Since we're adding a new loader to webpack, we need to modify Mix' webpack configuration. Luckily there's a public method for that so we don't need to do anything hacky: webpackConfig, which can be chained to the rest of our Mix configuration in our webpack.mix.js file.

Our loader should:

  • Only apply to TypeScript files (.ts and .tsx)
  • Transform TypeScript files to JavaScript with ts-loader
  • Not care about anything that comes from the node_modules folder, we only care about managing our own application code

This boils down to the following loader configuration:

const { mix } = require('laravel-mix');

mix
    .js('resources/assets/js/app.js', 'public/js')
    .sass('resources/assets/sass/app.scss', 'public/css')
    .webpackConfig({
        module: {
            rules: [
                {
                    test: /\.tsx?$/,
                    loader: 'ts-loader',
                    exclude: /node_modules/,
                },
            ],
        },
    });

We also don't want to specify file extension whenever we import or require a TypeScript file, so we'll need to tell webpack to look for .ts and .tsx files when it has to make a guess. Mix already supports a list of extensions, to ensure we're not breaking anything, we'll copy the original array (which is declared in the laravel-mix package) and append our new extensions. This all happens in resolve.extensions.

const { mix } = require('laravel-mix');

mix
    .js('resources/assets/js/app.js', 'public/js')
    .sass('resources/assets/sass/app.scss', 'public/css')
    .webpackConfig({
        module: {
            rules: [
                {
                    test: /\.tsx?$/,
                    loader: 'ts-loader',
                    exclude: /node_modules/,
                },
            ],
        },
        resolve: {
            extensions: ['*', '.js', '.jsx', '.vue', '.ts', '.tsx'],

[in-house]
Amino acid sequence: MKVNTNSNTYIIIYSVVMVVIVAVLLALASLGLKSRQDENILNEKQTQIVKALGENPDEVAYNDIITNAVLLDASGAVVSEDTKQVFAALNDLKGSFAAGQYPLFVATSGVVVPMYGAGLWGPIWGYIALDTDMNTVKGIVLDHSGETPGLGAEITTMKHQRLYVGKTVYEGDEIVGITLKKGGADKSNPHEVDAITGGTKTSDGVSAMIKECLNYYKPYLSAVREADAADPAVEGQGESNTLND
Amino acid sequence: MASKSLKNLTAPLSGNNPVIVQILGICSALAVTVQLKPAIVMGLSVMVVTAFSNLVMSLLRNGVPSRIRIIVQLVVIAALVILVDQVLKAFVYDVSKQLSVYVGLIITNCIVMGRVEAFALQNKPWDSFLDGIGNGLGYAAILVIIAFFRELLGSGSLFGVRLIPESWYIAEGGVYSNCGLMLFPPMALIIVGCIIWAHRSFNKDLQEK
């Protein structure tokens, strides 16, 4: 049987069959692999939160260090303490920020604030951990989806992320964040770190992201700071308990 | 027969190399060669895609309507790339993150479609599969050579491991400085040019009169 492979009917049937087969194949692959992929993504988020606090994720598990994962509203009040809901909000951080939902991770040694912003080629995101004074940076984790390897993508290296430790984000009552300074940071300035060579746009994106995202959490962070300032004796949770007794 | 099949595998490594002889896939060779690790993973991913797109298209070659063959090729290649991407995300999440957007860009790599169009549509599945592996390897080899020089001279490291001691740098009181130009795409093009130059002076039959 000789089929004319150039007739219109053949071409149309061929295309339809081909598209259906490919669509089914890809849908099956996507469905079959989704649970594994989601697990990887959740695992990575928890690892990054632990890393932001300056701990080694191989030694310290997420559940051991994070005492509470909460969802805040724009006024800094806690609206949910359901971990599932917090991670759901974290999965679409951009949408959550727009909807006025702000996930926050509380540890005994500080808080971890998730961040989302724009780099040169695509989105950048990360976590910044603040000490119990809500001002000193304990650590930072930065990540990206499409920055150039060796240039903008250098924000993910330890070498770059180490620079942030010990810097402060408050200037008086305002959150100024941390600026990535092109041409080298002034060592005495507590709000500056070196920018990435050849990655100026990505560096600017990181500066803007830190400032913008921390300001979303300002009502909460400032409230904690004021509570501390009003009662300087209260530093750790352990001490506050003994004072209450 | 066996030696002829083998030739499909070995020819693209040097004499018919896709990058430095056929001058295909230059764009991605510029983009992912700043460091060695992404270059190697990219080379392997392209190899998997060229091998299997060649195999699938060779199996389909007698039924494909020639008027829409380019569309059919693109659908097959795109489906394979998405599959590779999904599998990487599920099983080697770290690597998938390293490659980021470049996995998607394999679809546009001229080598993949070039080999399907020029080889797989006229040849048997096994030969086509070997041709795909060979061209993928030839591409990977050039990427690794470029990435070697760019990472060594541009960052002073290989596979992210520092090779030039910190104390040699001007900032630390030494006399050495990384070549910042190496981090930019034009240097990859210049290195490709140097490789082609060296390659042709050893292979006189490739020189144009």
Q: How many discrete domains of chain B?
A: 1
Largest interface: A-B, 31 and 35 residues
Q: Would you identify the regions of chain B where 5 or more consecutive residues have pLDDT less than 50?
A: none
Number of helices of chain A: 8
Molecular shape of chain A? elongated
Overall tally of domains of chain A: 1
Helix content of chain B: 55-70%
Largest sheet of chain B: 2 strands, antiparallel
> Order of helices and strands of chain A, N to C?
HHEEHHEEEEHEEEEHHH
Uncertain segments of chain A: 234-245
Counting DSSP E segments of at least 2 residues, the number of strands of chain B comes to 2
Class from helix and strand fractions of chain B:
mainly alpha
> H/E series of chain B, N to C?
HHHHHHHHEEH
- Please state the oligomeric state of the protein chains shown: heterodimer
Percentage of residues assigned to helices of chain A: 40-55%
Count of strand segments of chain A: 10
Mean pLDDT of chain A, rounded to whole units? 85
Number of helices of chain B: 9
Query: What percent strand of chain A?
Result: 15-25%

},
    });

4) Write Some TypeScript!

Pretty important, let's see if everything works! We'll start by creating a dead simple TypeScript file, resources/assets/js/hello-world.ts

export function helloWorld(): string {
    return 'Hello world!';
}

We can require the hello-world.ts file in our app.js file without needing to specify the extension, since we added it to webpack's resolve.extensions option.

const helloWorld = require('./hello-world').helloWorld();

console.log(helloWorld);

When we open our browser, Hello world! appears in the console. Success!

Bonus Step: Configure Mix to Use TypeScript in Vue Components

If we want TypeScript to compile script contents in Vue components too, we need to tell ts-loader to deal with .vue files too. There's a special option for that: appendTsSuffixTo. Here's what our new loader configuration looks like:

{
    test: /\.tsx?$/,
    loader: 'ts-loader',
    options: { appendTsSuffixTo: [/\.vue$/] },
    exclude: /node_modules/,
}

Now we can use TypeScript in our components, as long as we specify the language in the script tags.

<template>
    <div></div>
</template>

<script lang="ts">
    export default {
        mounted(): void {
            console.log('Component mounted.');
        },
    }
</script>

That's it! I've created an example repository on GitHub. The readme contains a concise step-by-step checklist for adding TypeScript support to Laravel Mix if you prefer a quick reference over a more detailed guide.